Oregon: State officials added cyberbullying in 2007 to a law that called for school districts to develop anti-bullying policies, establish procedures to report such behavior, and provide an outline of consequences. The law defines bullying as any act that “substantially interferes” with a student’s education and takes place “on or immediately adjacent to school grounds” or at school-sponsored activities.
South Carolina: The Safe School Climate Act, passed in 2006, required school districts to adopt policies to “prohibit harassment, intimidation or bullying at school.” Electronic communication was included in the definition of bullying.
Washington: A 2007 bill added electronic harassment to school district harassment prevention policies. It calls on school administrators to develop policies prohibiting bulling “via electronic means” but restricts the scope of the policy to actions that take place “while on school grounds and during the school day.”
States considering cyberbullying bills:
Maryland: State Del. Craig Rice proposed a bill to require schools to develop policies prohibiting bullying and cyberbullying after hearing from a high school student who said classmates harassed her after she came out as gay. The bill has a treatment component.
Missouri: Following the suicide of a 13-year-old-girl allegedly the victim of an Internet hoax, Gov. Matt Blunt created an Internet Harassment Task Force. In January, it proposed a law that would make it a crime to harass someone using an electronic device— from a class A misdemeanor to a class D felony. The task force also called for state education officials to consider computer ethics and etiquette classes and suggested legislation adding harassment as a mandatory reportable offense under current education statutes.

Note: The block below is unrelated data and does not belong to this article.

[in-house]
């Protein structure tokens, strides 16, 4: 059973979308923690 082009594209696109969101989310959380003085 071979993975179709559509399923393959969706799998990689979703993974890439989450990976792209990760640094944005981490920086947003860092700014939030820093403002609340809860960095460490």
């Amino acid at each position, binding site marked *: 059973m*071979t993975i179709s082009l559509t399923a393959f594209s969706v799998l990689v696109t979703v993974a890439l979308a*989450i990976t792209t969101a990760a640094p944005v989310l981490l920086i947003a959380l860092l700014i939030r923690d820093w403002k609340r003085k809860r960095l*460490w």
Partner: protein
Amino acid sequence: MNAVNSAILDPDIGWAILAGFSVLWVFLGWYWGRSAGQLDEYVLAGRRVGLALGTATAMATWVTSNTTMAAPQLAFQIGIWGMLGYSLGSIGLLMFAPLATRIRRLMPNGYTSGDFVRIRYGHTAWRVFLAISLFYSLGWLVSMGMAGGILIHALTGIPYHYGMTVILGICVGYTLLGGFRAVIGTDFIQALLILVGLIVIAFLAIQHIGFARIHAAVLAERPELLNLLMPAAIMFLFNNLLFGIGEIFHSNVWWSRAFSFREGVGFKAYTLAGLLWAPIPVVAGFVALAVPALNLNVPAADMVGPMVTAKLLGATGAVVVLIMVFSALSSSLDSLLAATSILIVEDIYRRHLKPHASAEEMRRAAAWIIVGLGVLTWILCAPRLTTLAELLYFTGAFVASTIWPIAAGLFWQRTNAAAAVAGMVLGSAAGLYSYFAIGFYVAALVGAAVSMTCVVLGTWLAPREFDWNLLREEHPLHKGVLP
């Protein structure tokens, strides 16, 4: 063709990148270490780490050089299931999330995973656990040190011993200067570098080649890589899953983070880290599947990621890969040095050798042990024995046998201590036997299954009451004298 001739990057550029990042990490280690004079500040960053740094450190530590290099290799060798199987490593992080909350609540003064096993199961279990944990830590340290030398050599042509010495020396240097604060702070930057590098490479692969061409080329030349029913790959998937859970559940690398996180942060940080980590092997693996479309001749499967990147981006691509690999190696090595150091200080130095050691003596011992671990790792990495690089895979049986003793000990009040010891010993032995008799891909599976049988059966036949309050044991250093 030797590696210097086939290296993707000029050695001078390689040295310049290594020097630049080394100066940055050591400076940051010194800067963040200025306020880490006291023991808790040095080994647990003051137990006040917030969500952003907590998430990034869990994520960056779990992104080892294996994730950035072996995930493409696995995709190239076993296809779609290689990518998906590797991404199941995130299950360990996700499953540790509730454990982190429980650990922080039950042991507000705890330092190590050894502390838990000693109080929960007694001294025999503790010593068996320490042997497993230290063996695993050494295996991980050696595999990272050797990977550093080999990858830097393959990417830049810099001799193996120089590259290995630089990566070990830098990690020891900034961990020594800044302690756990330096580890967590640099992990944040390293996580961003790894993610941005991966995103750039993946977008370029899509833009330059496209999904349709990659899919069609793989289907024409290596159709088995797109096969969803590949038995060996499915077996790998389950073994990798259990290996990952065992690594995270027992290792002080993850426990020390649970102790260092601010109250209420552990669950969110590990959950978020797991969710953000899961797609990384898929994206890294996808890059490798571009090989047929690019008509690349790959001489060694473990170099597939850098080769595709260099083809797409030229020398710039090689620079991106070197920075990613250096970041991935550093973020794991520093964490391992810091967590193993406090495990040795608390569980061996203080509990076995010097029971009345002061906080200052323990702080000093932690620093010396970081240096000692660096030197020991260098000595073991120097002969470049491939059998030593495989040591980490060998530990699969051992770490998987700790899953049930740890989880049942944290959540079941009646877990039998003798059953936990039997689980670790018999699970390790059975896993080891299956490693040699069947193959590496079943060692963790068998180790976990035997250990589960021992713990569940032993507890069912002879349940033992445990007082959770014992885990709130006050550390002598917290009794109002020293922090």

New York: At least two proposed laws deal with cyberbullying in the schools. They would amend education law by including electronic communication in the definition of harassment, creating procedures to investigate harassment, and establishing a statewide registry for bullying, cyberbullying and hazing complaints.
Rhode Island: State Sen. John Tassoni Jr. is sponsoring a bill that would add cyberbullying to school anti-harassment policies. It calls for repeat violators to be sent to family court, which would determine whether the offending student is to be considered delinquent. The bill does not include off-campus bullying.